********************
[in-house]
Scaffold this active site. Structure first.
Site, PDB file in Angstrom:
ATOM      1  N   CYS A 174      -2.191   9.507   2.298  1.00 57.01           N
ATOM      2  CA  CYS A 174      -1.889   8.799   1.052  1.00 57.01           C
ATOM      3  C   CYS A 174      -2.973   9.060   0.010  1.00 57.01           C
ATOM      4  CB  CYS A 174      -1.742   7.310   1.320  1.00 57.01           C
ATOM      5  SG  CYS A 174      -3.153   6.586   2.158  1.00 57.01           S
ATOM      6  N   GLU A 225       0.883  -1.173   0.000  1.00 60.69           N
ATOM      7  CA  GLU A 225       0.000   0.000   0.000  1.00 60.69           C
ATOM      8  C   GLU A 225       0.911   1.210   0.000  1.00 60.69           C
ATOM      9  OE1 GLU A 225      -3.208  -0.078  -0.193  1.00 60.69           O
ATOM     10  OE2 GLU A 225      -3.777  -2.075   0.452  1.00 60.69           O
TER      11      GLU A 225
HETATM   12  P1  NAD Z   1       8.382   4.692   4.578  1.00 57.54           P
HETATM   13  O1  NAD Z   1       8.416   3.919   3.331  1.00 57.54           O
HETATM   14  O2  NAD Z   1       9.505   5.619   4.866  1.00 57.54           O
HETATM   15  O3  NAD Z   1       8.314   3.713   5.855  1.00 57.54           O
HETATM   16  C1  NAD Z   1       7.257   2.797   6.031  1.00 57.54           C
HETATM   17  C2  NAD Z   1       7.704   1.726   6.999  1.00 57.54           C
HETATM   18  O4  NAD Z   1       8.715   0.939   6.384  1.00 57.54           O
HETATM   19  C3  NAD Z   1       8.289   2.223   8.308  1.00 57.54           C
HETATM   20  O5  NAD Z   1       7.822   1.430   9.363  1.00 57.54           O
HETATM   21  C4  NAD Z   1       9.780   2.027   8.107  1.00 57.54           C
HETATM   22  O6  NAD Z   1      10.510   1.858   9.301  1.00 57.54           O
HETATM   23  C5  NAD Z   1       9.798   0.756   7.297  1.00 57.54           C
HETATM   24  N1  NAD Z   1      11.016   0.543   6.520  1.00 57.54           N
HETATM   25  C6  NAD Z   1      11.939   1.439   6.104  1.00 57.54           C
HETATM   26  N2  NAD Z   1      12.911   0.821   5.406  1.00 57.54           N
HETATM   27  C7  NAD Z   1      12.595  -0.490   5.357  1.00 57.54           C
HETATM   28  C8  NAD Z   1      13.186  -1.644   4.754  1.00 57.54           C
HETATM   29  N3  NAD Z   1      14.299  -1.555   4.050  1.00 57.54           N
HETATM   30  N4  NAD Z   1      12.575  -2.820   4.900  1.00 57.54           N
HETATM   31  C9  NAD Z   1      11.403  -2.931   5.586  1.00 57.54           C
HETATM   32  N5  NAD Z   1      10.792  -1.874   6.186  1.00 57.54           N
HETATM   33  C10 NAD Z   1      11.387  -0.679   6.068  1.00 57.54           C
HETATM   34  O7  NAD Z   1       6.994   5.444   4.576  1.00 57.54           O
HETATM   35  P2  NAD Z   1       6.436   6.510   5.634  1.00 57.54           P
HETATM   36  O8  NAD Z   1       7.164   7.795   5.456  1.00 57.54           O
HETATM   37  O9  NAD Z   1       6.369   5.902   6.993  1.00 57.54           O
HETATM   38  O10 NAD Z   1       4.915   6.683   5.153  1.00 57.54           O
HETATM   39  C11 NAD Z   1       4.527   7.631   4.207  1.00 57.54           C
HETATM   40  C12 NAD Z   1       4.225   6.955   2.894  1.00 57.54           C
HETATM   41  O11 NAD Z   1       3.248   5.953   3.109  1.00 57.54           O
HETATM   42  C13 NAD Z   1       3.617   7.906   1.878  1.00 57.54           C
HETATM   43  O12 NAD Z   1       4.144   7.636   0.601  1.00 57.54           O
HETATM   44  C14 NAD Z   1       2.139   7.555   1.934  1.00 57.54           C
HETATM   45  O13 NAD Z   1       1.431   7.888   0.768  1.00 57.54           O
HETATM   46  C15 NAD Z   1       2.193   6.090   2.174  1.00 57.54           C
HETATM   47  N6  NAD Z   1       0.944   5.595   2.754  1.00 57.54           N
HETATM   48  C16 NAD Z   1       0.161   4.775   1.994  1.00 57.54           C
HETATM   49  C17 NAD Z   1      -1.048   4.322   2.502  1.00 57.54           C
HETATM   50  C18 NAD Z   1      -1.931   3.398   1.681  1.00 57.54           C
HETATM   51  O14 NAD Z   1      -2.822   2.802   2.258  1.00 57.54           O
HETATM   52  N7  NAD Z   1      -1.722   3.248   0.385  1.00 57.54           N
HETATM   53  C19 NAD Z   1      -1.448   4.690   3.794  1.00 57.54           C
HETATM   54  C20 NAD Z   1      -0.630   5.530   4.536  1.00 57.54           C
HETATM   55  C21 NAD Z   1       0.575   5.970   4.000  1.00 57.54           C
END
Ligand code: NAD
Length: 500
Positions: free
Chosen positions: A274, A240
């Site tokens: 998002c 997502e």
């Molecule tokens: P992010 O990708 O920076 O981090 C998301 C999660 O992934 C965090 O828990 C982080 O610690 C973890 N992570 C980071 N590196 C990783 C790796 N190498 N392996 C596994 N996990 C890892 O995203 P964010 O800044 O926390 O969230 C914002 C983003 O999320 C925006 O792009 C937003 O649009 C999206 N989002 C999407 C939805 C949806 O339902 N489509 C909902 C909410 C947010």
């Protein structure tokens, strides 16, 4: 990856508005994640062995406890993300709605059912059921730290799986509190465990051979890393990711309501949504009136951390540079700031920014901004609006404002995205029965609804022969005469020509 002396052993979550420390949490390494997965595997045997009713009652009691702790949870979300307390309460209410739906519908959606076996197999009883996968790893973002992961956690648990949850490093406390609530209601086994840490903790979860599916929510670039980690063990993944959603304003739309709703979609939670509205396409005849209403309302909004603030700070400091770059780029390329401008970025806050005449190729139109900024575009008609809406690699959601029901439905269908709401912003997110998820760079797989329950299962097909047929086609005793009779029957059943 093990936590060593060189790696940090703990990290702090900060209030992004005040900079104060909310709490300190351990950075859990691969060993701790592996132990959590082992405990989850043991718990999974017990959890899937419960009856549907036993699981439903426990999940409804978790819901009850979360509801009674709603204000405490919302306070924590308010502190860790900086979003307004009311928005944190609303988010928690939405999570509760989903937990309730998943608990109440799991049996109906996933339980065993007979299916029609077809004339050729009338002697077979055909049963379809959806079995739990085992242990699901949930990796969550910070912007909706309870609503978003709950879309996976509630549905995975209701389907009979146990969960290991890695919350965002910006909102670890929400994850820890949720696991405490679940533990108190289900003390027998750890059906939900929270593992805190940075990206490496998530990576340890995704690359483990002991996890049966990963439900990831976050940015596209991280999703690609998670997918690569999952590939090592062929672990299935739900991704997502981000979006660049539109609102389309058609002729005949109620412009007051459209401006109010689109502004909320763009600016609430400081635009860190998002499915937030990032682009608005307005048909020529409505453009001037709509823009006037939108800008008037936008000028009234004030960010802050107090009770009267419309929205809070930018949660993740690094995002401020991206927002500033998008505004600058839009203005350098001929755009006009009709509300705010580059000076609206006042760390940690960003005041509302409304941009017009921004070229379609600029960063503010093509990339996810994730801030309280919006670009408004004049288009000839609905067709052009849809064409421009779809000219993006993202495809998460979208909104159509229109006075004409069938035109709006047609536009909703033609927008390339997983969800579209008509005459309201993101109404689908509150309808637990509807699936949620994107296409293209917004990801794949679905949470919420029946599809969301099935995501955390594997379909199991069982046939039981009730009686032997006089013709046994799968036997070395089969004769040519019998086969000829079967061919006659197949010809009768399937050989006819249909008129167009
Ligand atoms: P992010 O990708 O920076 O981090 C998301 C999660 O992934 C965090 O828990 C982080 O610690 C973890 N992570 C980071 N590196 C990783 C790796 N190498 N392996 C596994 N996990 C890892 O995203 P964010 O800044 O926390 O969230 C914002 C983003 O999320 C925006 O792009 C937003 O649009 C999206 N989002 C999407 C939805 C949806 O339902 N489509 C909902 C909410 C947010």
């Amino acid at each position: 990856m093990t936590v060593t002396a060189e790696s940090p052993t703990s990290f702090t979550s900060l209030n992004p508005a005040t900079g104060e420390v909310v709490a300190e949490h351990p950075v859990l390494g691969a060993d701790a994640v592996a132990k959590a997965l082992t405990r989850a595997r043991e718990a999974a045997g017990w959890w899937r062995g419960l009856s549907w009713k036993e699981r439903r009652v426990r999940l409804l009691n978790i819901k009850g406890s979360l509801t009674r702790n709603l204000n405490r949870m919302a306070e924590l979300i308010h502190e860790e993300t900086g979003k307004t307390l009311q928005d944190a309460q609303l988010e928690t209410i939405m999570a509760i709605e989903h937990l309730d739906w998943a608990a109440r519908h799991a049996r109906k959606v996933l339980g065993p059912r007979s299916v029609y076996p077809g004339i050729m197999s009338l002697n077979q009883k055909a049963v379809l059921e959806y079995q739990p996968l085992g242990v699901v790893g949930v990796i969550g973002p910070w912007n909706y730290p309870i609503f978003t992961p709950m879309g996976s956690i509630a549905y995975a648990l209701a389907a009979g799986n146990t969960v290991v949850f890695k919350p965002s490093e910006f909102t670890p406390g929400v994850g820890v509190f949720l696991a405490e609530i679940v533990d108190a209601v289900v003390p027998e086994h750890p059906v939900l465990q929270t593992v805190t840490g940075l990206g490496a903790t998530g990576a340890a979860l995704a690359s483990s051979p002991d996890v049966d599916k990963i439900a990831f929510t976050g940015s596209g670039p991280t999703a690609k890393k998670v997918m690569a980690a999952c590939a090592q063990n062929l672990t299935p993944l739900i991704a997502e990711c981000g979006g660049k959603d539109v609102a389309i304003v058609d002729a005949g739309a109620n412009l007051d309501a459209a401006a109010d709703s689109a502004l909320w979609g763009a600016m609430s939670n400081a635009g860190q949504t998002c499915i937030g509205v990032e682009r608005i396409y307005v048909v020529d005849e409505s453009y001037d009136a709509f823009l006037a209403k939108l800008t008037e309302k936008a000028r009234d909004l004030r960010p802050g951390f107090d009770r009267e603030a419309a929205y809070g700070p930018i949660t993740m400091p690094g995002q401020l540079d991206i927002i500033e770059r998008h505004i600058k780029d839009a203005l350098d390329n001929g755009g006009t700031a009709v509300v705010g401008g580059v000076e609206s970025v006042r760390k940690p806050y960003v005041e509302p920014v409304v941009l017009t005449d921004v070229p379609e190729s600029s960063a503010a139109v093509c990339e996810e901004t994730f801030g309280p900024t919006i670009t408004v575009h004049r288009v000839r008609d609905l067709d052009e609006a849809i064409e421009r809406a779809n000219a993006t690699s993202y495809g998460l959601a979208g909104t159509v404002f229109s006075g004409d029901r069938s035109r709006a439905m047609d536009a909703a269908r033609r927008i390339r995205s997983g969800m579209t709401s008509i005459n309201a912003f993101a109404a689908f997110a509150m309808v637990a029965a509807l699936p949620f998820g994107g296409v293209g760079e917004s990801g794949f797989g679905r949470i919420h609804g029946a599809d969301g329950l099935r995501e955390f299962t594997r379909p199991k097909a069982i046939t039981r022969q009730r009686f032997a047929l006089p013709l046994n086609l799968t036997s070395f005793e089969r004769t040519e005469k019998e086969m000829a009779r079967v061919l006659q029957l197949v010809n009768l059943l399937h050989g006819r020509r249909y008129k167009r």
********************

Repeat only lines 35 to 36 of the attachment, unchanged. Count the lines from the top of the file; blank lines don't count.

HETATM   32  N5  NAD Z   1      10.792  -1.874   6.186  1.00 57.54           N
HETATM   33  C10 NAD Z   1      11.387  -0.679   6.068  1.00 57.54           C